To repeat, if we want more information about the identities of the objects, we normally need to use the Question Construction.
▼ ▼ ▼ “Yes/No” questions ▼ ▼ ▼
In this post I use the term “yes/no” questions to refer to questions for which the answer can be, or is likely to be, “Yes” or “No”. These questions can also be answered in many other ways, e.g. “I don’t know.”, “Maybe.”, “It doesn’t matter”, etc. They are not questions of the above types (about the identities of the subjects or objects of the sentences).
Canonical constructions of yes/no questions use the Question Construction:-
Are you going out tonight? ✓
However, it is often acceptable or even commonplace to use “normal” grammar. This may appear less or more like a question, depending on the speaker’s tone of voice, but it any case it seems to demand a correction if the the person isn’t going out tonight:-
You’re going out tonight? (✓) (often not appropriate – see below. If spoken, this sentence could be mis-interpreted as a statement.)
A question tag can be used with “normal” grammar (only in yes/no questions) to clear up any misunderstanding about whether the utterance is intended to be a question or not:-
You’re going out tonight, aren’t you? ✓ (sometimes not appropriate – see below.)
In some situations, using normal grammar seems wrong, so you need to use the question construction:-
● In a formal piece of writing
● In writing where you want to make it clear that it’s a question (e.g. a title of a piece of writing)
● In speaking, when the question is unexpected. The Question Construction announces early on that the sentence is a question.
● In speaking, when you are trying to emphasise that you really don’t know the answer, and you want an answer.
To summarise the above, when we want to ask a yes/no question, it’s almost always appropriate to use the Question Construction; if you don’t use the Question Construction, there is a significant likelihood that the grammar is “wrong”.
▼ ▼ ▼ Other types of question ▼ ▼ ▼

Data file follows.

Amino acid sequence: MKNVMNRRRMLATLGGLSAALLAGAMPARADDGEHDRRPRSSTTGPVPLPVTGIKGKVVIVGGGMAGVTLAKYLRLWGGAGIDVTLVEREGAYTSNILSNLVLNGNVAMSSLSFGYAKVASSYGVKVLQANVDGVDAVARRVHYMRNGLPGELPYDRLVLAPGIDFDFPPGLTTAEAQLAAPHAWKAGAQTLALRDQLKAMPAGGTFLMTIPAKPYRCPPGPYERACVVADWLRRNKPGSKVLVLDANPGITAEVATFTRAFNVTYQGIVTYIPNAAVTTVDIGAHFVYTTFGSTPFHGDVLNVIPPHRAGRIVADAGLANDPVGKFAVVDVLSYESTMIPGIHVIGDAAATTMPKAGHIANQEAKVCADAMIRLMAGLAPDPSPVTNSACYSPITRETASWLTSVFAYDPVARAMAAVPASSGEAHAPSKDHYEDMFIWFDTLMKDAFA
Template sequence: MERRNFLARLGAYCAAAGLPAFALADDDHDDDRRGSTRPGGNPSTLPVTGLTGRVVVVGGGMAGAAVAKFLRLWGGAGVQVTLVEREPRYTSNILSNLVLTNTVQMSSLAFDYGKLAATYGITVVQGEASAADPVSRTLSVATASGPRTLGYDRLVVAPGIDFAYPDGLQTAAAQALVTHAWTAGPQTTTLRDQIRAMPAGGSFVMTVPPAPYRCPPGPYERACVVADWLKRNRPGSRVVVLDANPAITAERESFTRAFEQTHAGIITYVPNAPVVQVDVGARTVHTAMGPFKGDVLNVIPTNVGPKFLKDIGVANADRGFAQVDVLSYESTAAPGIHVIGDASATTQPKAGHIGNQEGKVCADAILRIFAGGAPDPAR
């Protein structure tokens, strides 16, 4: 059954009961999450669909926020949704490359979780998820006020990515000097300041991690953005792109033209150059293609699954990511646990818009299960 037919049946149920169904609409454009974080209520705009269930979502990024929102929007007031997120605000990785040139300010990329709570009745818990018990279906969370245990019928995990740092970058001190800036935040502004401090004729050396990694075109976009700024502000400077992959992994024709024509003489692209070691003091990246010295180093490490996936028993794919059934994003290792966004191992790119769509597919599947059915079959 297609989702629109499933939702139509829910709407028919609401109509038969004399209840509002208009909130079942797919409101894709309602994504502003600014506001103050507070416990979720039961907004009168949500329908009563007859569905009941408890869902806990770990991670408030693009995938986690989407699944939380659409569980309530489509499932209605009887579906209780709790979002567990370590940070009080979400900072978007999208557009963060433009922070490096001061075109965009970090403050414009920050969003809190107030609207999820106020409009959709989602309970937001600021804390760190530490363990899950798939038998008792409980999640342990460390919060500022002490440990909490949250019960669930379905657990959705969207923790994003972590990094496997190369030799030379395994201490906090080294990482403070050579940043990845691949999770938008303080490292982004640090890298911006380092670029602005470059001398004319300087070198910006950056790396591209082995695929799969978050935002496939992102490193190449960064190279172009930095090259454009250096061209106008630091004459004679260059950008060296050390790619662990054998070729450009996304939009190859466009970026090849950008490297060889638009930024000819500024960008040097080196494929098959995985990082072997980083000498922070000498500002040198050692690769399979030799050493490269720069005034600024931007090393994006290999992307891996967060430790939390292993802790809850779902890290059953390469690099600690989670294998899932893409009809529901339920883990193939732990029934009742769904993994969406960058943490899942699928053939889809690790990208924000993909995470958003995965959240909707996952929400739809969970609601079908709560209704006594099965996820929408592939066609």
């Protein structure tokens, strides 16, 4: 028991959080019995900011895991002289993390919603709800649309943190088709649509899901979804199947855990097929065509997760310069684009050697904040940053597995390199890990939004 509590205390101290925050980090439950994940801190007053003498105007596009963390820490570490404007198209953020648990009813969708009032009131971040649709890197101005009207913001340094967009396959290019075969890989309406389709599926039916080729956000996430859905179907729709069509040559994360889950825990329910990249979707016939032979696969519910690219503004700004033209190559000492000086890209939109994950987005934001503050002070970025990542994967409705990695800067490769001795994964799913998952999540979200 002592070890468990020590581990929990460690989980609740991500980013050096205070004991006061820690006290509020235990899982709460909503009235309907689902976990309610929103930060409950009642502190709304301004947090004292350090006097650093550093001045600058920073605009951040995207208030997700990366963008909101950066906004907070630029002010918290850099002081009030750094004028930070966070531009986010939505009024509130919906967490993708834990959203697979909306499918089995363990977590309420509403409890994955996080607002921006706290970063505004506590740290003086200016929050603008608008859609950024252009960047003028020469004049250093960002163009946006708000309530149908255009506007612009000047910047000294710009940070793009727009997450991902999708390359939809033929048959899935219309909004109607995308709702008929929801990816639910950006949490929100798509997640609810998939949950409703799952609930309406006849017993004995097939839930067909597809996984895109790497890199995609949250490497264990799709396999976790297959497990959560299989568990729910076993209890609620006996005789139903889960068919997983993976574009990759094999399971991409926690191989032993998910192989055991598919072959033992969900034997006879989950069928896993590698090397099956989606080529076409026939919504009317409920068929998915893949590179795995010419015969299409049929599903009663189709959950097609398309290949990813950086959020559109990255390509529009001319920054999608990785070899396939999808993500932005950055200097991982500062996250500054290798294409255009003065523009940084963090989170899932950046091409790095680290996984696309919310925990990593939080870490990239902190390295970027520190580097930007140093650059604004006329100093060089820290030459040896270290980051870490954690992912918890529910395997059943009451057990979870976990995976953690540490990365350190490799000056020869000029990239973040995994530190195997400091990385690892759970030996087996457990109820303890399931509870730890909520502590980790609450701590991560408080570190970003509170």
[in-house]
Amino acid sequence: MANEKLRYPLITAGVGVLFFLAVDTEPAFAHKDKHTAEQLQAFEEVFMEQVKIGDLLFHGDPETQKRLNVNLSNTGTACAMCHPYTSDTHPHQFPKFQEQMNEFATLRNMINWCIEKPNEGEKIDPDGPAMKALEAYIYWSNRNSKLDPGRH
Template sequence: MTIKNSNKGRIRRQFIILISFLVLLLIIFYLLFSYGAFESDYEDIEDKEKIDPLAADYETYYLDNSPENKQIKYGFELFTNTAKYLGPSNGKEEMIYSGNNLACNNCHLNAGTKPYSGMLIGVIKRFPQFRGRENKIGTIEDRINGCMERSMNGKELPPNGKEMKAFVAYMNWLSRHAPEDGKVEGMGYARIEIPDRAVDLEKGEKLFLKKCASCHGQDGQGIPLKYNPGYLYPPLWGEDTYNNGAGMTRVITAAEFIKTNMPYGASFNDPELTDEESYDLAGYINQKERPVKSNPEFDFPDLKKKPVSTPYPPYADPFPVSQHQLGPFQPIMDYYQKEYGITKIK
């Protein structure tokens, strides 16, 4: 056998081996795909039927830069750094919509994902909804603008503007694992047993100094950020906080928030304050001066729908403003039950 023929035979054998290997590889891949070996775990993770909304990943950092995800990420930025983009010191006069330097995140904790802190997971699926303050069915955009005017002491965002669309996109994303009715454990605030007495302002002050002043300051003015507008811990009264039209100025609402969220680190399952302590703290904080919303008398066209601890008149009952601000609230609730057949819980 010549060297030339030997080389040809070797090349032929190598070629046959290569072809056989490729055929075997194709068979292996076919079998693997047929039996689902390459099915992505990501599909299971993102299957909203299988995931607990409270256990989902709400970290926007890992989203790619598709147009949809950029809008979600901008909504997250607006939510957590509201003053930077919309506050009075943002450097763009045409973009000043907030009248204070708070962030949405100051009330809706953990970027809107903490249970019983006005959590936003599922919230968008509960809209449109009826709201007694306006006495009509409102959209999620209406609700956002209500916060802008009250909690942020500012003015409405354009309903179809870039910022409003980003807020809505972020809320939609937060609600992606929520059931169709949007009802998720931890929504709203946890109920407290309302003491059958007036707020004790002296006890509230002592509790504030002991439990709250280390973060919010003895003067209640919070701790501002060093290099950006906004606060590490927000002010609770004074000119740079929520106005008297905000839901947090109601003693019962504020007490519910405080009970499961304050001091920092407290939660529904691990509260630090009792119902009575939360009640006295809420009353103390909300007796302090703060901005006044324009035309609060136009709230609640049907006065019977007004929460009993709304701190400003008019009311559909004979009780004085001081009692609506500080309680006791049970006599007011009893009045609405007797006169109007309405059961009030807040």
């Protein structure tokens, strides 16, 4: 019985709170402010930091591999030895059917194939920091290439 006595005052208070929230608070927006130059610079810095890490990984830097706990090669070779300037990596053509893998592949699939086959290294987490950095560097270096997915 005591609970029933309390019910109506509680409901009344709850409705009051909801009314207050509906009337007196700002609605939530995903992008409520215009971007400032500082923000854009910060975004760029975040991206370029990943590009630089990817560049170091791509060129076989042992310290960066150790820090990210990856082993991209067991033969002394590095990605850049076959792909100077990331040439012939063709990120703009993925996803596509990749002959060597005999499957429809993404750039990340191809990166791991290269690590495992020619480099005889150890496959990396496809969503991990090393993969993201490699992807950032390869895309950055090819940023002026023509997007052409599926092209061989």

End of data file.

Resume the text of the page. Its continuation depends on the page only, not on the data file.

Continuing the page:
All other questions generally need the Question Construction. Without the Question Construction, the grammar sounds wrong (i.e. the grammar is wrong), or the implication is that the speaker is abruptly surprised, or shocked, and already knows the answer, and wants the other person to confirm.
When did you go to bed? ✓
When you went to bed? X The listener or reader treats this, without the question mark, as the first part of a longer sentence, and expects more words, e.g. “When you went to bed, I heard a strange noise.” or “When you went to bed, were you tired?”
You went to bed when? (most likely type of meaning → [So, you have just told me that you went to bed at 6:00 a.m. That’s not good! Tell me again when you went to bed.] )
How fast was the car travelling? ✓
How fast the car was travelling? X The listener or reader treats this, without the question mark, as the first part of a longer sentence, and expects more words, e.g. “How fast the car was travelling was 50 mph.” Alternatively, “How fast the car was travelling” could be a title of a section of a report about an accident.
The car was travelling how fast? (most likely type of meaning → [So, you have just told me that the car was travelling at 100 m.p.h. That’s terrible! Tell me again how fast the car was travelling.] )
Why is there still poverty? ✓
Why there is still poverty? X The listener or reader treats this, without the question mark, as the first part of a longer sentence, and expects more words, e.g. “Why there is still poverty is because there is too much unregulated capitalism.” Or “Why there is still poverty” could be the title of a magazine article.